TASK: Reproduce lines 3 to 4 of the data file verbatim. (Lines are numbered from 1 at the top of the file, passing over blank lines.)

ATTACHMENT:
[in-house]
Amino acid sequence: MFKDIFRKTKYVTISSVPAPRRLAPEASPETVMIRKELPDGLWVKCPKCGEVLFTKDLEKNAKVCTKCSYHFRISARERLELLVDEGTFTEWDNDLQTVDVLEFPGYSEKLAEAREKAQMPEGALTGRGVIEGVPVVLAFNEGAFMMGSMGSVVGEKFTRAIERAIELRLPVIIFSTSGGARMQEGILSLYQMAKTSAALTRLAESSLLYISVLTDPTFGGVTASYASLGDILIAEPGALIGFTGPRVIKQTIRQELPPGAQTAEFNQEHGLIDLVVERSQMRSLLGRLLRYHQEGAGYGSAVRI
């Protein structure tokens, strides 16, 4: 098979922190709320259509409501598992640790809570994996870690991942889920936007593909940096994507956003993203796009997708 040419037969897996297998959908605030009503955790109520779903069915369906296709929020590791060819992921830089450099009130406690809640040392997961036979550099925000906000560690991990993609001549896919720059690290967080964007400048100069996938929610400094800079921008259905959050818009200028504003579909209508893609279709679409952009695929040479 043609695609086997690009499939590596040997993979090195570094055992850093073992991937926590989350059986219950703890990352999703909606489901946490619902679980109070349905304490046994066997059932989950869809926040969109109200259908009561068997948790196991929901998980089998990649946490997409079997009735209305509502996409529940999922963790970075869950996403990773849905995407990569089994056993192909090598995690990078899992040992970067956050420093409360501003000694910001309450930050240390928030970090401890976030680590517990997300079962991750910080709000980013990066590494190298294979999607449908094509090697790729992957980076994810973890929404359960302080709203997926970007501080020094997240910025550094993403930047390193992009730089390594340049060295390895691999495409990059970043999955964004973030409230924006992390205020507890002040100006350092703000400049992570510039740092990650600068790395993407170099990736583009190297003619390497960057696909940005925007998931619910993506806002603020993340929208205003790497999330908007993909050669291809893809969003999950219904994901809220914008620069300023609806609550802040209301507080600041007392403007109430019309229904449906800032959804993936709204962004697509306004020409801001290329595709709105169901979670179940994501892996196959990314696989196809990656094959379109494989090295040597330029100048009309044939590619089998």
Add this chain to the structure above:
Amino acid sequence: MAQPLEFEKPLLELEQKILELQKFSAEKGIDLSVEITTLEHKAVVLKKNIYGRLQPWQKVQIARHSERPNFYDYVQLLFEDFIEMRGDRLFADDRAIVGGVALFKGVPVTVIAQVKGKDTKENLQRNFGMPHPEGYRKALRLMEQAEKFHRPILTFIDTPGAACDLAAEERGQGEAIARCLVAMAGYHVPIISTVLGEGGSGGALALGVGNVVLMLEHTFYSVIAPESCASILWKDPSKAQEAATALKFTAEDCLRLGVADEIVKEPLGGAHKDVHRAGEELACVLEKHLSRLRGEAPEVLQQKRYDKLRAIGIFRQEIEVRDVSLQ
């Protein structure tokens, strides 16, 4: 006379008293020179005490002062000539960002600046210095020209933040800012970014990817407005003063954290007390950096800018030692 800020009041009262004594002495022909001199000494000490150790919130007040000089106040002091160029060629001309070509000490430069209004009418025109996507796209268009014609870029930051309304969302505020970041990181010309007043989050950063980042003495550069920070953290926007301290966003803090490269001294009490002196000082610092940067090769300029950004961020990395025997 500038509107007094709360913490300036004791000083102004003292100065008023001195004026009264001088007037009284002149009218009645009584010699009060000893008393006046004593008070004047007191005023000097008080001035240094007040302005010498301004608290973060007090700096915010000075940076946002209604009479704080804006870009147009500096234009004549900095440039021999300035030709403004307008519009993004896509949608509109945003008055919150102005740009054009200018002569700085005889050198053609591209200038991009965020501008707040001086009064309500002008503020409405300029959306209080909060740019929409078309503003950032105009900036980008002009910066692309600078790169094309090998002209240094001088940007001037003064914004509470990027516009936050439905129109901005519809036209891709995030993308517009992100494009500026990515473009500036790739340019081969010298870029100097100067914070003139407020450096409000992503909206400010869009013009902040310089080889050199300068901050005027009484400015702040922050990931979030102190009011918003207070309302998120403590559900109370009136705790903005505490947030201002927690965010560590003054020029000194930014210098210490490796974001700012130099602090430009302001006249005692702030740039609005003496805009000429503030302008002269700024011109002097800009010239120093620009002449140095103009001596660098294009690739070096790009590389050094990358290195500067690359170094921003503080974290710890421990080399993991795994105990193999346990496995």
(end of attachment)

């Protein structure tokens, strides 16, 4: 098979922190709320259509409501598992640790809570994996870690991942889920936007593909940096994507956003993203796009997708 040419037969897996297998959908605030009503955790109520779903069915369906296709929020590791060819992921830089450099009130406690809640040392997961036979550099925000906000560690991990993609001549896919720059690290967080964007400048100069996938929610400094800079921008259905959050818009200028504003579909209508893609279709679409952009695929040479 043609695609086997690009499939590596040997993979090195570094055992850093073992991937926590989350059986219950703890990352999703909606489901946490619902679980109070349905304490046994066997059932989950869809926040969109109200259908009561068997948790196991929901998980089998990649946490997409079997009735209305509502996409529940999922963790970075869950996403990773849905995407990569089994056993192909090598995690990078899992040992970067956050420093409360501003000694910001309450930050240390928030970090401890976030680590517990997300079962991750910080709000980013990066590494190298294979999607449908094509090697790729992957980076994810973890929404359960302080709203997926970007501080020094997240910025550094993403930047390193992009730089390594340049060295390895691999495409990059970043999955964004973030409230924006992390205020507890002040100006350092703000400049992570510039740092990650600068790395993407170099990736583009190297003619390497960057696909940005925007998931619910993506806002603020993340929208205003790497999330908007993909050669291809893809969003999950219904994901809220914008620069300023609806609550802040209301507080600041007392403007109430019309229904449906800032959804993936709204962004697509306004020409801001290329595709709105169901979670179940994501892996196959990314696989196809990656094959379109494989090295040597330029100048009309044939590619089998």
Add this chain to the structure above: